Goalkeeping fans, budding writers and followers of non-league football in Sussex all have their concerns addressed in  Ian Plenderleith's website round-up

The cyber-slimming of the past few years has seen the crash of numerous financially and conceptually flimsy foot­ball internet ventures, but late­ly some interesting in­de­pen- dent websites have em­erged from the digital carnage. While highly financed schemes have been bounced into the Deleted Items box, a trend for small-scale, hobbyist home­pages has slowly returned and yielded a few pleasant surprises.

One of those is the well-writ­ten, highly entertaining Goa­l­keepers Are Different site, de­voted to shot-stoppers and their quirks. Here you’ll discover that pre-First World War legend Leigh Richmond Roose, for example, was a qualified doctor of bacteriology rich enough to once hire his own train to reach an away game on time. Or that Ted Ditchburn was pro­claimed a revolutionary in the late 1940s for rolling the ball out instead of punting it. The keeper claimed he never intended to invent the patient build-up, but that he was just crap at kicking.

You can find out too about Henry Hardy – not the subject of an Appalachian folk song, but the only Stockport County player ever to play for England – or about Wolves keeper Mike Stowell, who enjoyed the honour of all six races at Wolverhampton racetrack being named after him one day in July 1999. Or learn that Arsenal goalies never wear a new shirt unless it has been washed, a practice dating back to the 1927 FA Cup final after Dan Lewis blamed the goal that led to defeat on his “slip­pery new jersey”. One for Sir Alex to keep in reserve.

The Quirky Injuries section also delivers some gems. Mart Poom once injured his gen­itals in a charity match against an Iron Maiden XI (unfortunately, we don’t find out how), while Charlton’s 1934 keeper Alex Wright re­portedly died of a broken neck after diving from a life raft into shallow water as he was showing off saves he’d made the previous day (happens all too often). In Getting Personal you’ll find out which goalies were nicknamed after Teletubbies and the story behind Scot­land’s “Holy Goalie”, while I Fought The Law details former Chelsea keeper Peter Borota’s career as a con-artist, passing off stolen paintings as his own.

Squarefootball.net is host to “hundreds of football articles not published elsewhere”, a healthy claim given the number of websites that succumb to cutting, pasting and lazy link­ing rather than coming up with their own content. The site has a problem with laboursome download times, despite a low-graphics, pictorial-free format, but keeps its features and articles to perfect internet length. That is, they are short and to the point.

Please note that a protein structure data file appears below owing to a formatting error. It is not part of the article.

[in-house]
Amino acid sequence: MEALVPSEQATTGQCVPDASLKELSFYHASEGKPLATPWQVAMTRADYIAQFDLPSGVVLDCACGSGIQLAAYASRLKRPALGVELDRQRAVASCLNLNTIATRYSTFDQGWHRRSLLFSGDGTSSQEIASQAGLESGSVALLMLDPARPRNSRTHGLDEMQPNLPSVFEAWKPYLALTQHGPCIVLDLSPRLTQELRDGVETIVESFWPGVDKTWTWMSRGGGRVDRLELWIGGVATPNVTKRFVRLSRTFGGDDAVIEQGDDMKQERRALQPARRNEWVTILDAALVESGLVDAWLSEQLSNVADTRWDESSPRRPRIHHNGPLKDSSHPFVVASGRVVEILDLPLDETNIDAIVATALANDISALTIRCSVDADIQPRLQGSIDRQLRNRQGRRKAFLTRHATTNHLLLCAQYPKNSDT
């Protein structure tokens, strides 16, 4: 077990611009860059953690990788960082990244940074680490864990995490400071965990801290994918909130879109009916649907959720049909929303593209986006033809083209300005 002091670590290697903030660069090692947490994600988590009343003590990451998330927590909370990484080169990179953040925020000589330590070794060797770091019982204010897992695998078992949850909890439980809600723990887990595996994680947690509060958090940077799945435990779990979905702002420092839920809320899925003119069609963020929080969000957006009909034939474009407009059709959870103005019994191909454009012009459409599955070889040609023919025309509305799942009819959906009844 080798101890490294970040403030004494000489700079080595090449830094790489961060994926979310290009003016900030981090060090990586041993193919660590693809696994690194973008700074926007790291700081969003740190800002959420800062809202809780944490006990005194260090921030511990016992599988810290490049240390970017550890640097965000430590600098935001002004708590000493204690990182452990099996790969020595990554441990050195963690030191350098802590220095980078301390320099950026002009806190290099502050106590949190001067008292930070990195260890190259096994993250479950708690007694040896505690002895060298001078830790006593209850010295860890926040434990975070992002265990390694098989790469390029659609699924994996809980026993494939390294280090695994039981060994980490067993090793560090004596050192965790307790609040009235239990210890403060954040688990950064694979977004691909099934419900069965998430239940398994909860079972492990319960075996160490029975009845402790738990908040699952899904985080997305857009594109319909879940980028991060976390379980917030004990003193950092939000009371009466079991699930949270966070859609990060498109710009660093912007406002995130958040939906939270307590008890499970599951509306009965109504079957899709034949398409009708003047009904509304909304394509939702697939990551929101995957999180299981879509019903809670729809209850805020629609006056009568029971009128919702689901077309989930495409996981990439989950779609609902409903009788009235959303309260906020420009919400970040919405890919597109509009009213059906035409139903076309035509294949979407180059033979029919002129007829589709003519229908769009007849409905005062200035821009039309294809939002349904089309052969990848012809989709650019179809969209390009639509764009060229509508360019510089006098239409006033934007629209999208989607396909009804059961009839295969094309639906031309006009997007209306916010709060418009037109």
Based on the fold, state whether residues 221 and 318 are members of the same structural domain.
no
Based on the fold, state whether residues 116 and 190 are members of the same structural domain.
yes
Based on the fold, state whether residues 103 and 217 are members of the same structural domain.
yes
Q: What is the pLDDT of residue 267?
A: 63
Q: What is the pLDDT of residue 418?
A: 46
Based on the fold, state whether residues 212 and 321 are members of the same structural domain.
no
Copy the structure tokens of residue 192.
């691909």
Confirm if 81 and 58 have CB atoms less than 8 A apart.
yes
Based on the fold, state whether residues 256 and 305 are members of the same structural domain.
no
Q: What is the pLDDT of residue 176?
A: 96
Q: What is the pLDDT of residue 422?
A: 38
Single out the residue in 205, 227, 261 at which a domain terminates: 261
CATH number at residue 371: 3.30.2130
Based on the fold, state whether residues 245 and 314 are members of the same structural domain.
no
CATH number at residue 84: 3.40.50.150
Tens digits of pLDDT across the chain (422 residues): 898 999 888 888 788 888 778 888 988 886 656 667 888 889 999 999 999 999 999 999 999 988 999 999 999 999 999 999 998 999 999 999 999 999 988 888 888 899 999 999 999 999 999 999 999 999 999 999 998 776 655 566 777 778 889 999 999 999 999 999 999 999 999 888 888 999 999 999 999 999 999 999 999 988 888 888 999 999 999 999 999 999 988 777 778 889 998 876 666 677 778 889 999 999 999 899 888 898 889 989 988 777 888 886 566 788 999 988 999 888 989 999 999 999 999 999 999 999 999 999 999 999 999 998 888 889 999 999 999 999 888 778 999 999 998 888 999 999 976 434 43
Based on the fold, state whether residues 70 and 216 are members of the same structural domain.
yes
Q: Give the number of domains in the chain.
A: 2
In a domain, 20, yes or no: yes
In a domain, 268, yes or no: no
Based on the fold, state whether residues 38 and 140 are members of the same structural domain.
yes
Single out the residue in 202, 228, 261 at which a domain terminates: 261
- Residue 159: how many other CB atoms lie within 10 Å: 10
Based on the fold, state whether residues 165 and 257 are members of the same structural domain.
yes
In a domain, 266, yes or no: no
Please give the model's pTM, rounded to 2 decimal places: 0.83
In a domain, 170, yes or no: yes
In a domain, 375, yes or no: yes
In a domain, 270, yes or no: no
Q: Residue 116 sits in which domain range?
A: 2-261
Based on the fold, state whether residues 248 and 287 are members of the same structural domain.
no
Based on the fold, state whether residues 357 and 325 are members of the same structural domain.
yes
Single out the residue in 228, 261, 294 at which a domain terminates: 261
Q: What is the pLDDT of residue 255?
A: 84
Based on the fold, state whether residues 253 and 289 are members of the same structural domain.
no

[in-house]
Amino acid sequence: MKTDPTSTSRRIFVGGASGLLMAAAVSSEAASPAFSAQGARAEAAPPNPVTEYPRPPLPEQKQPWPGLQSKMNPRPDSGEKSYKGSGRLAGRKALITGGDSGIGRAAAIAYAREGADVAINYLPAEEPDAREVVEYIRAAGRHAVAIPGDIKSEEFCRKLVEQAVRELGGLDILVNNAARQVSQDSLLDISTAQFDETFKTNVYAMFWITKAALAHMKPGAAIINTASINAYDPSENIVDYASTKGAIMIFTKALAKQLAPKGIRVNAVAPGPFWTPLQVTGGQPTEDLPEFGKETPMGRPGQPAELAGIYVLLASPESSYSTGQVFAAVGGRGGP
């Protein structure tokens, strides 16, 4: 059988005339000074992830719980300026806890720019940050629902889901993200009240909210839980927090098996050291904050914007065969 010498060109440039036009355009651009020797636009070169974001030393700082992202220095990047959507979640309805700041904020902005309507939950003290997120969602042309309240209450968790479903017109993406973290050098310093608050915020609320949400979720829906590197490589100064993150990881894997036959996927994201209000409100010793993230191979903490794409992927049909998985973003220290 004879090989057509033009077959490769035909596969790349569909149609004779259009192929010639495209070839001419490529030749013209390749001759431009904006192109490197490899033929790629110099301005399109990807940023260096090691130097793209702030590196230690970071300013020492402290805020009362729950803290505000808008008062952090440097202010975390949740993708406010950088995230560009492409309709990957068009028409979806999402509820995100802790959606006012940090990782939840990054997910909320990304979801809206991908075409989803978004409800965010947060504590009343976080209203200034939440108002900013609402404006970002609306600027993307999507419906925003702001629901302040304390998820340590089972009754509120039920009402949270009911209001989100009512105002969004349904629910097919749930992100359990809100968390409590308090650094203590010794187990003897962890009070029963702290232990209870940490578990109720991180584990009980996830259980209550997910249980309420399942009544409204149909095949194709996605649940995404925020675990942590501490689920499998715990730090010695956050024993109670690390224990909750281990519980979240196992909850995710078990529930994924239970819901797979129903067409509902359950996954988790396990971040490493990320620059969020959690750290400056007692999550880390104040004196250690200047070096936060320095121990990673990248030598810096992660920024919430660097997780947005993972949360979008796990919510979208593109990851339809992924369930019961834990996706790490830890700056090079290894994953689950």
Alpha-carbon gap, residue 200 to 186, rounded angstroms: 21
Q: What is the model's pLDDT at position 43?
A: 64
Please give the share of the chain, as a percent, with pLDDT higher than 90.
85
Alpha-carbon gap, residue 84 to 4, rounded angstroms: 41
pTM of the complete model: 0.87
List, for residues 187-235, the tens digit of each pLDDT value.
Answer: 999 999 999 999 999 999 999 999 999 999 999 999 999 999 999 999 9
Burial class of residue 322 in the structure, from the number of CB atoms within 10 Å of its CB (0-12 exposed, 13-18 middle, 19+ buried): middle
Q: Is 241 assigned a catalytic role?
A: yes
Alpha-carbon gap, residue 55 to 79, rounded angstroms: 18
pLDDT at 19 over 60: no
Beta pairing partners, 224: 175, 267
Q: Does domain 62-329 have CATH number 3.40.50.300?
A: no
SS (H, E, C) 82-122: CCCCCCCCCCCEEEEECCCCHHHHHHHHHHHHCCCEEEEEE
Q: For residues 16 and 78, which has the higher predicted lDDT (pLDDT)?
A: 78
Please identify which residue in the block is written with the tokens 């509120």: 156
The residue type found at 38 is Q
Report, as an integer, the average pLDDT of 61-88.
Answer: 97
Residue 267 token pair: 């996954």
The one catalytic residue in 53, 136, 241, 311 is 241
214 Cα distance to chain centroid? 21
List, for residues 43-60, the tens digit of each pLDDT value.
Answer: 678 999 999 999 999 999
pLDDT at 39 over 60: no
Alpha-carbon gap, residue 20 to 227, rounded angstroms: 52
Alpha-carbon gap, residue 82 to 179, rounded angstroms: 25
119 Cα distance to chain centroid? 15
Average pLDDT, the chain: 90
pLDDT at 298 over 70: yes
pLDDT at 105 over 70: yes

Its football analysis is not always original (“Is there too much football on television?” asks one article. Will David Murray be the next Pope?), but the writing is for the most part both accessible and considered. Added to that is reg­ular columnist Harry Flatcap, a failed foot­ball boss who relates his stay at a refuge for out of work managers. Here sit sad, sacked figures like Terry Fenwick, “nodding and blink­ing”, and Brian Clough, who chastises the paper­boy delivering his Morning Star for ha­ving a shaggy haircut.

Squarefootball.net is looking for new wri­ters, although it can’t afford to pay them yet. Editor Antony Melvin says that it does not want to repeat the mistakes of other failed football sites, which featured too little topical content and were too costly to run. With better technology and a wider range of contributors it definitely has the potential to blossom into a better, more entertaining web address.

That description could already apply to Nomad Online, the site “connecting the world of Sussex non-league soccer”. Editor “The Nomad” has been covering the area for years in his column in East­bourne Borough’s match pro­gramme, and Nomad Online not only features an archive of his past travels and travails, but a number of other columnists who main­tain the right balance between enthusiasm and criticism as they endure, for example, Withdean jacking up gate prices for the visit of AFC Wimbledon. Looking beyond England’s south coast, they even have a guest columnist writing about football in the Philippines, perhaps the international equivalent of the Sussex County Foot­ball League.

There’s an impressive review of match pro­grammes across the region while, as ever, the Grounds Guide proves irresistible. Particularly astonishing is the new stand at Pease Pot­tage Village FC, which looks like a glorified bus stop, fronted by a metal crush barrier, pre­sumably to keep the tumultuous hordes from spilling on to the playing surface. Also note­worthy are the Albanian-style nuclear bunkers doubling up as subs’ benches at Uckfield Town’s incongruously named Victoria Pleas­ure Grounds.

Due to illness, the site has suffered a mid-season hiatus, but at the time of writing was due an imminent return and update. Bus­i­nesses fold and die, but the keen amateurs who constituted the original life-blood of the internet keep coming back for more.

From WSC 195 May 2003. What was happening this month

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